The main problem we faced, was how we could get together in order to rehearse. Georgette came up with the idea of rehearsing via Zoom which seemed to work wonderfully well. We even had a day when Diane Phippen, our choreographer, held a most unusual dance rehearsal. This was achieved by finding a large empty concrete area in the middle of a temporarily unoccupied industrial estate. Everyone was spaced well over two metres apart. Inevitably it began to rain during the afternoon, but through all this, our very wet and freezing cold cast carried on regardless, knowing full well that there was always the possibility that we would have to abandon the show at a later date.

We thought about Daisy, the poor old cow, and what kind of outfit would we need for her. That’s when Georgette came up with the wonderful idea of still using a two-person costume, but the rear half, wearing the cows back end and tail, and a pair of udders sewn on to her costume, was always at least two metres behind the front end. She would continuously be irritable and miserable like a petulant teenager who didn’t want to be there in the first place, while the front end was always the happy-go-lucky Daisy that one always associates with this particular pantomime. She walked along proudly dragging the rest of her costume behind her. To add to the humour, the large panto cow’s head was also wearing a large face mask.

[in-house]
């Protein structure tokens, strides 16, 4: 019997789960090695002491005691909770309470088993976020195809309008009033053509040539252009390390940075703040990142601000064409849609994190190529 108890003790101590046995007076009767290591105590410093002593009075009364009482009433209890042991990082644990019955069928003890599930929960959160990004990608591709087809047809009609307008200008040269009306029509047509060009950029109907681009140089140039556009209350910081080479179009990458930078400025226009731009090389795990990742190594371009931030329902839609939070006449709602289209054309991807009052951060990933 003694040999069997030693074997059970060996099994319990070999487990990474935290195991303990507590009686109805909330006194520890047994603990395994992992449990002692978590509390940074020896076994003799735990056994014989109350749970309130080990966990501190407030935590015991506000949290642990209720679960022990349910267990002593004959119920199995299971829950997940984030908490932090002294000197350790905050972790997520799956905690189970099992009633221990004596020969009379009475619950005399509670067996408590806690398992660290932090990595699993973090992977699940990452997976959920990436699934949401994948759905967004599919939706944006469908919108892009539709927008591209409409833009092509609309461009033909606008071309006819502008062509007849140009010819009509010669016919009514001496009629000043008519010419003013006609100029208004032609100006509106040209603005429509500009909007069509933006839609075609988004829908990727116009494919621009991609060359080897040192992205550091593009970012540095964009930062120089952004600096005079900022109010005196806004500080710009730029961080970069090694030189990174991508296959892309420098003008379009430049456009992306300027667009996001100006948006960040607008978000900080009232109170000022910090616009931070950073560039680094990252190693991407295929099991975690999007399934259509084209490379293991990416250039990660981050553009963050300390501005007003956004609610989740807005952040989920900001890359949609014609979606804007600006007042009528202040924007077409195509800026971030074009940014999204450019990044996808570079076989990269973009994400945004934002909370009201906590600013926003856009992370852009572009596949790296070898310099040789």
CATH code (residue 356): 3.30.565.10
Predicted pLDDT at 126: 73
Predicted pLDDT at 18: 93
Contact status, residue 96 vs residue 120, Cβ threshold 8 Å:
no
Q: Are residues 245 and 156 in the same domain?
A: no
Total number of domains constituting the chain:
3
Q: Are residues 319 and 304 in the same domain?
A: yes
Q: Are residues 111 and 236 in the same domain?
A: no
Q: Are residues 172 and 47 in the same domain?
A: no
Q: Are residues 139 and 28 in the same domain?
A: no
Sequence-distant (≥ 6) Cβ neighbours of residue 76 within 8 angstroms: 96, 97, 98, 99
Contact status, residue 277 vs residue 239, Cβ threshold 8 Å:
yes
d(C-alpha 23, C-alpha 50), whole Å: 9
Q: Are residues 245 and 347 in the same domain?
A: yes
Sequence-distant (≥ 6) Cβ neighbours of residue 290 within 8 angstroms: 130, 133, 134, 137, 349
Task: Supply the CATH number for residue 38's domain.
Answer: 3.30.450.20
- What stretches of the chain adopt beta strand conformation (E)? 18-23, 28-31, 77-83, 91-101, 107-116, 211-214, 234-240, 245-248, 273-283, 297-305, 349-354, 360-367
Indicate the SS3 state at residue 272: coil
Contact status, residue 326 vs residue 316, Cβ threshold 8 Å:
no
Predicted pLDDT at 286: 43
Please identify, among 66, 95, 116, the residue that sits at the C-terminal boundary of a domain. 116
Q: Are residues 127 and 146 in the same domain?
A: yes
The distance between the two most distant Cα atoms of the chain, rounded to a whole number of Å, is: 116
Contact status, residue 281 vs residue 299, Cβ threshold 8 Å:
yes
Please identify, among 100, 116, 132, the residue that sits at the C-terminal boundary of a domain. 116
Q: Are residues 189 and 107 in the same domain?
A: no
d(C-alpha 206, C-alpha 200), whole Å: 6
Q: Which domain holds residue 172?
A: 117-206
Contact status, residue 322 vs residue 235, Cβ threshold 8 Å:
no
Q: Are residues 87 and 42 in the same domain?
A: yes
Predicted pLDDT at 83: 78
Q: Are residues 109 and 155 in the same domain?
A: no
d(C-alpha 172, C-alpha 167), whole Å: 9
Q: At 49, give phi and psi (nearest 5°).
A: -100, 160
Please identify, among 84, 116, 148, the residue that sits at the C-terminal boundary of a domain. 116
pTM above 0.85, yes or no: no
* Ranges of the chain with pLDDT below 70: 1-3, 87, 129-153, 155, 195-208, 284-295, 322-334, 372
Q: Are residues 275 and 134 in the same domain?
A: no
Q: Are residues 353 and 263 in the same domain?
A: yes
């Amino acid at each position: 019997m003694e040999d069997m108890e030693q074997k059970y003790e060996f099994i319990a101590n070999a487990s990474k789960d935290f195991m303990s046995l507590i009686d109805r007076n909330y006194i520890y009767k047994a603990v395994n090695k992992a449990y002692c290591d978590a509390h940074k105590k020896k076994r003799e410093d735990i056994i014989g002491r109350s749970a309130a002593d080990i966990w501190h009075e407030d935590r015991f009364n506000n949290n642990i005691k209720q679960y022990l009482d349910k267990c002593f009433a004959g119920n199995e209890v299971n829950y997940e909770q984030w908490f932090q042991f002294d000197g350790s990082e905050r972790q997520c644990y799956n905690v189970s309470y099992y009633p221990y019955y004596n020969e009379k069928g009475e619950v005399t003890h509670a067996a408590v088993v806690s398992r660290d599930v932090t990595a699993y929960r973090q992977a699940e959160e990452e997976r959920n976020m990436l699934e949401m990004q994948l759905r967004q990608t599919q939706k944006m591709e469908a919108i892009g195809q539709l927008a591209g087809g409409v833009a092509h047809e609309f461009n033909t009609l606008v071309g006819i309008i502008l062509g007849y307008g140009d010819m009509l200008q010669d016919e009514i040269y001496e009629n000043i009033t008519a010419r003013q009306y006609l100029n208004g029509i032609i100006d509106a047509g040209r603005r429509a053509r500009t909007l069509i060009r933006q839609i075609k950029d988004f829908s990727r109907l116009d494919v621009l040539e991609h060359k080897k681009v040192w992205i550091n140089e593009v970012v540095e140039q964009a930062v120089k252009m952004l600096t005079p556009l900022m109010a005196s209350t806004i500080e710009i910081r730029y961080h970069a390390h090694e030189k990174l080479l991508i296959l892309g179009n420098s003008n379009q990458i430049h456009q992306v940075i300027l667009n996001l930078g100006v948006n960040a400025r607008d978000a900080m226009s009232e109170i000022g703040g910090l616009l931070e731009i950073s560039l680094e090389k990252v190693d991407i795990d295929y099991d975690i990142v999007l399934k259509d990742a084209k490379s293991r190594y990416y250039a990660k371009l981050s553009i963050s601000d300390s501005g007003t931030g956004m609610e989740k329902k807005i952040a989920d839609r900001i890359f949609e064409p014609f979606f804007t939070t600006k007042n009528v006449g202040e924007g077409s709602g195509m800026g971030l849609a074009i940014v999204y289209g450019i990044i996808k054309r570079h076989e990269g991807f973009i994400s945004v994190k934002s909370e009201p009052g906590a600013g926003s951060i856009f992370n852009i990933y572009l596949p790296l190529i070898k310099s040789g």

As we were getting forever closer to January, we realised that it was getting more unlikely that we would be able to perform this on our desired date due to the Covid regulations being bumped up and lockdowns more severe. It was getting more and more obvious that the theatre wouldn’t be allowed to open in time, even for showing films. But not ones to give up easily, we have cleverly come up with plan B which, so far, hasn’t happened yet.

Plan B is to keep going the way we are with a weekly Zoom rehearsal, until the government give the go-ahead for live performances in the theatre again. We are now hoping that we might have the theatre open in time for an Easter panto.

Plan C, if needed, will be a summer panto… but it won’t come to that, will it?

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Georgette Ellison taking a rehearsal on Zoom